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New York schools log out of Zoom, adopt Microsoft Teams amid threats


NEW YORK: In but any other setback for common video meeting app Zoom, New York City has banned its use for remote learning functions in schools till further review and update due to safety issues.

The town's Department of Education is transitioning schools to Microsoft Teams, which is assumed to have the "same capabilities with appropriate security measures in place," TechCrunch reported on Sunday.


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"Providing a safe and secure remote learning experience for our students is essential, and upon further review of security concerns, schools should move away from using Zoom as soon as possible," Danielle Filson, a spokesperson for the New York City Department of Education, used to be quoted as pronouncing.

"There are many new components to remote learning, and we are making real-time decisions in the best interest of our staff and students," Filson mentioned.

After schools in the town closed on March 16, Zoom's popularity as a tool enabling remote learning skyrocketed.

But the platform additionally began facing grievance as experiences of "Zoombombing" and other privateness problems began surfacing from different portions of the rustic.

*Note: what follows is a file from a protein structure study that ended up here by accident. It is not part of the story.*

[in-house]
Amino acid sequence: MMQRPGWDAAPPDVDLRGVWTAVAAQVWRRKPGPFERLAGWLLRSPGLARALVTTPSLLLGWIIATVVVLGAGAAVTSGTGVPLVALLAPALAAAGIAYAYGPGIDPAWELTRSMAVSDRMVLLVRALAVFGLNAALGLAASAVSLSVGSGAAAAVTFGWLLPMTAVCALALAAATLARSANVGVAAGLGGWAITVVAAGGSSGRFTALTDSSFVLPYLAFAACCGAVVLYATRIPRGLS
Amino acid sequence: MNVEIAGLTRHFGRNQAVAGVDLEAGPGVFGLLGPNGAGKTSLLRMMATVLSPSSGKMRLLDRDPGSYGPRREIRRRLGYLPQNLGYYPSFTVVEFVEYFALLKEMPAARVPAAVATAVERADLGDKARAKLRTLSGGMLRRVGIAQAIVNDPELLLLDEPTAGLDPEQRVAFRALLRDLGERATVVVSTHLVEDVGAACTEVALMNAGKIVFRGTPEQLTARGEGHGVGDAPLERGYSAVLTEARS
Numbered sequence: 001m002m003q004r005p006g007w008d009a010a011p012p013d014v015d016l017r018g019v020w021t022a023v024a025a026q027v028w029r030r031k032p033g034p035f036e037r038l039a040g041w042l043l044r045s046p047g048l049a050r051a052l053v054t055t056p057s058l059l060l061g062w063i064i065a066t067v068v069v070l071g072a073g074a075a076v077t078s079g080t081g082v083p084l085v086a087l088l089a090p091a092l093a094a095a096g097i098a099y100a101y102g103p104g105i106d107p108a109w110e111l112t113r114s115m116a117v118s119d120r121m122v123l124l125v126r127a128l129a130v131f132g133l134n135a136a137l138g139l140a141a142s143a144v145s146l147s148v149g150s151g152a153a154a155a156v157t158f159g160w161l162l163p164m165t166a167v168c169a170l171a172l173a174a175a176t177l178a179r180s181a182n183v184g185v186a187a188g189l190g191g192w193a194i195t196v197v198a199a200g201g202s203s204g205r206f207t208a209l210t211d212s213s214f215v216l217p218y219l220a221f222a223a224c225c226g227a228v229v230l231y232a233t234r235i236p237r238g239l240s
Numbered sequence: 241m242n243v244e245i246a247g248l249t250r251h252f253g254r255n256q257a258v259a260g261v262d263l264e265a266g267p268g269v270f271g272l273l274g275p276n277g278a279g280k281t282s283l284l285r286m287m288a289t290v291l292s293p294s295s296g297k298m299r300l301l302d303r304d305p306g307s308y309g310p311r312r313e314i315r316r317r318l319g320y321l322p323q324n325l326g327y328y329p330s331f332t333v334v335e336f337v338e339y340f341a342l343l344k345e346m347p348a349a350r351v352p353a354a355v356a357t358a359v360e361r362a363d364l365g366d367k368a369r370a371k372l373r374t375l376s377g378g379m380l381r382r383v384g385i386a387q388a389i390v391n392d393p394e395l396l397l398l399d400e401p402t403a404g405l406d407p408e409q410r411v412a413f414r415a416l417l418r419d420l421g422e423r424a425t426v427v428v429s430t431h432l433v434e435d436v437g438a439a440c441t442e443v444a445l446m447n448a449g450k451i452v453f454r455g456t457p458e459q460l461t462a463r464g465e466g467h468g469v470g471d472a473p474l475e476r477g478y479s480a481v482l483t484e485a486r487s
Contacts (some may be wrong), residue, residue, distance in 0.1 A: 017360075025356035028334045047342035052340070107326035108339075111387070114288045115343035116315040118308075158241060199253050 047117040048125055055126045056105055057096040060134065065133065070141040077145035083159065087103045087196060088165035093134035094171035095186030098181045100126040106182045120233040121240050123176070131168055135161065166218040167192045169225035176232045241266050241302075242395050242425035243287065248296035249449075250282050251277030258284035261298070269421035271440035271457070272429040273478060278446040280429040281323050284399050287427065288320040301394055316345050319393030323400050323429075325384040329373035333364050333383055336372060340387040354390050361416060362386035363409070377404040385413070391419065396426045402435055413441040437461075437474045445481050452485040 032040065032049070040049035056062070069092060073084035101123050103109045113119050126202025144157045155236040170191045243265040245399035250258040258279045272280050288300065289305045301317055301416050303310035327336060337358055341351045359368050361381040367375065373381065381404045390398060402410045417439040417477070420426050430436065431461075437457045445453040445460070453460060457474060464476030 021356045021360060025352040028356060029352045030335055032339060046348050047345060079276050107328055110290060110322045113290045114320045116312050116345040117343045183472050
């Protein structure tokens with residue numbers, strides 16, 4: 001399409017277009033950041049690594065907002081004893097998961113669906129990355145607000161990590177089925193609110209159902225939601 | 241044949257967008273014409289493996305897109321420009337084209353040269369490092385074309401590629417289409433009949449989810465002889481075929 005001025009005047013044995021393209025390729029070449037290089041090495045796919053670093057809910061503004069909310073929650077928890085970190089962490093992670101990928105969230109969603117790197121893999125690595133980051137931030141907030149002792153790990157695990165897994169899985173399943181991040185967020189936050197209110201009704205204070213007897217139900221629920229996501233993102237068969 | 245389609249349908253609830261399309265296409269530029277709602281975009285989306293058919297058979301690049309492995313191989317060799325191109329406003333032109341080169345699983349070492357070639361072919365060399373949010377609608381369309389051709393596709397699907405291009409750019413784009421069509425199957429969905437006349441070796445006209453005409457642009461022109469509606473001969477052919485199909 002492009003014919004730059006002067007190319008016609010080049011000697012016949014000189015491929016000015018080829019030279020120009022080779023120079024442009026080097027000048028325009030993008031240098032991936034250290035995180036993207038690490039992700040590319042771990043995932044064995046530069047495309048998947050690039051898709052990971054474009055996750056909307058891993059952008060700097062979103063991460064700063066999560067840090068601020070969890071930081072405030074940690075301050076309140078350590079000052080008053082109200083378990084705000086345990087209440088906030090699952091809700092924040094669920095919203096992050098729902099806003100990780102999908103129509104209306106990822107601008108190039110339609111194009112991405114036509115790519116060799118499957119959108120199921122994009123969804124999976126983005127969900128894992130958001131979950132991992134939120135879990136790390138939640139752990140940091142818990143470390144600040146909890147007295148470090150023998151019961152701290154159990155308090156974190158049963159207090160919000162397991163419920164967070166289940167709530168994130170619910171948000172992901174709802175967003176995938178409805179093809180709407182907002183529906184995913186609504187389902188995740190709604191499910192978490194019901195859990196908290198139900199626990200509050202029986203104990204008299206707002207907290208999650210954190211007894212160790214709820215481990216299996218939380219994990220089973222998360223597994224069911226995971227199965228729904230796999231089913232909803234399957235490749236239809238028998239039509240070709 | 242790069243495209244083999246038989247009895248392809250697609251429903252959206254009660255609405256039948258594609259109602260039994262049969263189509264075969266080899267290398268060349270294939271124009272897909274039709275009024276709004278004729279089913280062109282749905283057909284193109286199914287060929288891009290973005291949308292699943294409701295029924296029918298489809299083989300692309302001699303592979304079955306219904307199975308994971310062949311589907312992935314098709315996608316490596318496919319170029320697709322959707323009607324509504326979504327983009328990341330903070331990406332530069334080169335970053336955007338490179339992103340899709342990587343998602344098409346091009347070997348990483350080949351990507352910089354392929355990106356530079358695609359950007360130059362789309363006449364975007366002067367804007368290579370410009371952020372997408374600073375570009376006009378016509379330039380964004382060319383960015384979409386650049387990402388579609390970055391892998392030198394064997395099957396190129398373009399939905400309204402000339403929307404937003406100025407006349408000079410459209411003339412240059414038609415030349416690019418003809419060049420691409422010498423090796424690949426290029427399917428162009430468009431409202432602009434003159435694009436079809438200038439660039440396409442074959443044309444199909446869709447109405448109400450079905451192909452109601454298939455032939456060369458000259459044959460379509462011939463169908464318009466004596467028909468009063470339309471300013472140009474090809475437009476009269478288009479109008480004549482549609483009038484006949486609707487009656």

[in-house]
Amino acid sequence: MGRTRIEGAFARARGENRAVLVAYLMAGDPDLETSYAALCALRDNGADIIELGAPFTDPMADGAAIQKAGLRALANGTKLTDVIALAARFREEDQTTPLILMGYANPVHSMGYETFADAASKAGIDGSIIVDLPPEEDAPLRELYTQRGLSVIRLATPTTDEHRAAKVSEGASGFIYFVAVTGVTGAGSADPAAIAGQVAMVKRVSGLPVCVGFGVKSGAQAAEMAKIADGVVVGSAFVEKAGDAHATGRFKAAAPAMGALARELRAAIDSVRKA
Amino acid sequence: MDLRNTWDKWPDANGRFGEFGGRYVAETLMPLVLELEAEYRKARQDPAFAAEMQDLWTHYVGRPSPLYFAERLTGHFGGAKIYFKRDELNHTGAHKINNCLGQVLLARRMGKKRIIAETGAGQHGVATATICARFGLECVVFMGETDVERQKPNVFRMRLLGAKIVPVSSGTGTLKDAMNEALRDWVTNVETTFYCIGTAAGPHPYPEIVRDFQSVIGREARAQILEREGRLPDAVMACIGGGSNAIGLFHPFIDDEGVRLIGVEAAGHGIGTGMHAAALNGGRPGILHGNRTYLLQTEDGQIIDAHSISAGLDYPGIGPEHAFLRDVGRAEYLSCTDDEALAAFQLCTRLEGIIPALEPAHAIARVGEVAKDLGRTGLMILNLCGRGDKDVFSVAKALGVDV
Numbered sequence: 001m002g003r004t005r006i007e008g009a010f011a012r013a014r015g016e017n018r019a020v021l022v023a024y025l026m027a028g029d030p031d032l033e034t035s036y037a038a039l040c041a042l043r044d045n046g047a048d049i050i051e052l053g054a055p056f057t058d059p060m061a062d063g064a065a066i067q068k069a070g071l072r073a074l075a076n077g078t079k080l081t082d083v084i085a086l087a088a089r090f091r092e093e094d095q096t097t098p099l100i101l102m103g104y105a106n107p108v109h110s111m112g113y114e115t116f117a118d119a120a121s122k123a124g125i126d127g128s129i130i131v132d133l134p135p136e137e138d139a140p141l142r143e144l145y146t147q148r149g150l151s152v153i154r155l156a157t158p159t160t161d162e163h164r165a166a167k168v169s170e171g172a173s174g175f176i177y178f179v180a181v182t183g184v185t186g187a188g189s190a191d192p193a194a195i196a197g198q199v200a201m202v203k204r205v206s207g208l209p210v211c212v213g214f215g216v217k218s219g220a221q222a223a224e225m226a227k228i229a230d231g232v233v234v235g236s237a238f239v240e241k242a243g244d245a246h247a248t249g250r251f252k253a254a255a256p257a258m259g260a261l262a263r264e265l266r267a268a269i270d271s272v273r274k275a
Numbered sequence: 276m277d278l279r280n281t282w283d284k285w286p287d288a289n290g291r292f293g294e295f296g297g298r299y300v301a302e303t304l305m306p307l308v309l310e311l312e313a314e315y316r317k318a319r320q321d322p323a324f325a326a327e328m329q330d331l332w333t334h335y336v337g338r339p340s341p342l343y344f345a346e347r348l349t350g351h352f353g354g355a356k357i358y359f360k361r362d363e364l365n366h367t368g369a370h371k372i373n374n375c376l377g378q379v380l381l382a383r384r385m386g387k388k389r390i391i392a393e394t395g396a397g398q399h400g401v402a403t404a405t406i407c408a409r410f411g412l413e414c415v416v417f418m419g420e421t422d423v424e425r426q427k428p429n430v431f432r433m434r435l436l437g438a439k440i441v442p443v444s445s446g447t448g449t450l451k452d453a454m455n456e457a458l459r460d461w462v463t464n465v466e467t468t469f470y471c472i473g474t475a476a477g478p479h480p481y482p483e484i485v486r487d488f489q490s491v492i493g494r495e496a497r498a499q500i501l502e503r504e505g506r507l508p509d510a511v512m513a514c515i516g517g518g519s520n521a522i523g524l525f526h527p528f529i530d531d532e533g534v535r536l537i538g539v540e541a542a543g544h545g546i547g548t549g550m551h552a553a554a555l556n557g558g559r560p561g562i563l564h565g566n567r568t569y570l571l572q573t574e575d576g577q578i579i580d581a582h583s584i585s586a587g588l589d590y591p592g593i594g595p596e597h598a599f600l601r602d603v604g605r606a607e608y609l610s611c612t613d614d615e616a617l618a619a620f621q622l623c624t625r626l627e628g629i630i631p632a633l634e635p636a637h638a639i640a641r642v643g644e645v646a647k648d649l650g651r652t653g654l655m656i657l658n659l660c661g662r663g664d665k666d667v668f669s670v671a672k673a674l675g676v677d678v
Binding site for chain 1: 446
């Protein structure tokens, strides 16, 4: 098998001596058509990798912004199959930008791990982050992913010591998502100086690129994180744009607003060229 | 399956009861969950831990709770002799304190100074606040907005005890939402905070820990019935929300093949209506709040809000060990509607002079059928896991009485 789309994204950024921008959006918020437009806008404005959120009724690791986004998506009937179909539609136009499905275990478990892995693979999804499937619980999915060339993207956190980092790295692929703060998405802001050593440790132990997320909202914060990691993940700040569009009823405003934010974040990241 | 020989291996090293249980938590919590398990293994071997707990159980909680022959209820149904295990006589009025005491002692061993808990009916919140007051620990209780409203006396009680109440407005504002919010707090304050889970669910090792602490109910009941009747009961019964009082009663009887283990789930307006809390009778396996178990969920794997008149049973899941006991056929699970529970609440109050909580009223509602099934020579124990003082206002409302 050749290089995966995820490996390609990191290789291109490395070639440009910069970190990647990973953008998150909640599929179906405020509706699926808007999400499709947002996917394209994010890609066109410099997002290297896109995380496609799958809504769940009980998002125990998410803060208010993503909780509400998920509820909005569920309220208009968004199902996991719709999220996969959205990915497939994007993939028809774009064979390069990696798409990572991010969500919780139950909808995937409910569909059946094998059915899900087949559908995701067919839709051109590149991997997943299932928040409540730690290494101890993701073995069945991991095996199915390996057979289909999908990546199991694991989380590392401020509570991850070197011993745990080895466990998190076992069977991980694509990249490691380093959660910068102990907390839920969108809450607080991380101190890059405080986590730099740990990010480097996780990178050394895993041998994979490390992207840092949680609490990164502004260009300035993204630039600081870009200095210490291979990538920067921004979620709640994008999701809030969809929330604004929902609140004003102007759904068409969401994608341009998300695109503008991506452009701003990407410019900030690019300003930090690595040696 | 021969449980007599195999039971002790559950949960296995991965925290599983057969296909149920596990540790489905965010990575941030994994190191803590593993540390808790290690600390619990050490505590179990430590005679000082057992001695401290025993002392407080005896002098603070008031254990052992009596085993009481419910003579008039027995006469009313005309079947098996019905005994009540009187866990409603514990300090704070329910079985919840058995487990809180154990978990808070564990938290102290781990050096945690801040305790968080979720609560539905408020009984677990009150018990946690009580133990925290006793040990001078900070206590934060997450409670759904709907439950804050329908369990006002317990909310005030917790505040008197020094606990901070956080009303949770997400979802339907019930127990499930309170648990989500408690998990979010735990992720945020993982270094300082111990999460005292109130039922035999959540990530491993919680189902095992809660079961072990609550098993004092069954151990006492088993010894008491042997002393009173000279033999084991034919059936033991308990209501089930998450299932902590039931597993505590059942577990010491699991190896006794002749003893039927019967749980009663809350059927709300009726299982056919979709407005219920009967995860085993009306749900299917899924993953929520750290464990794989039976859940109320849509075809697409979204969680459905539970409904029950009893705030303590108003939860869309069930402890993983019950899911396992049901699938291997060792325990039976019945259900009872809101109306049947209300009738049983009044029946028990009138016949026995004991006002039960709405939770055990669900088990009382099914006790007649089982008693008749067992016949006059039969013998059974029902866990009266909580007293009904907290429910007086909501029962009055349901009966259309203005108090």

"Zoomraiding" or "Zoombombing" refers to a kind of online harassment through which hate speech, pornography or other inappropriate content is unexpectedly flashed by way of disrupting a video name on Zoom.

Several schools in america earlier reported that unidentified individuals accessed classes carried out via Zoom.

A Massachusetts-based highschool reported that while a instructor used to be conducting an internet class using the teleconferencing tool Zoom, an unidentified person(s) dialed into the school room.


The common video meeting app courted any other controversy when safety researchers from Citizen Lab at University of Toronto discovered that that some Zoom calls have been routed via servers in China, along side conference encryption and decryption keys used to secure the ones calls.


Zooms Founder and CEO Eric Yuan has already apologized for the privateness and safety problems being reported in his app that has observed a surge in usage globally as other people earn a living from home all through lockdowns.


The New York City Department of Education "continues to review and monitor developments with Zoom," mentioned the spokesperson, including that it will update schools with any adjustments.




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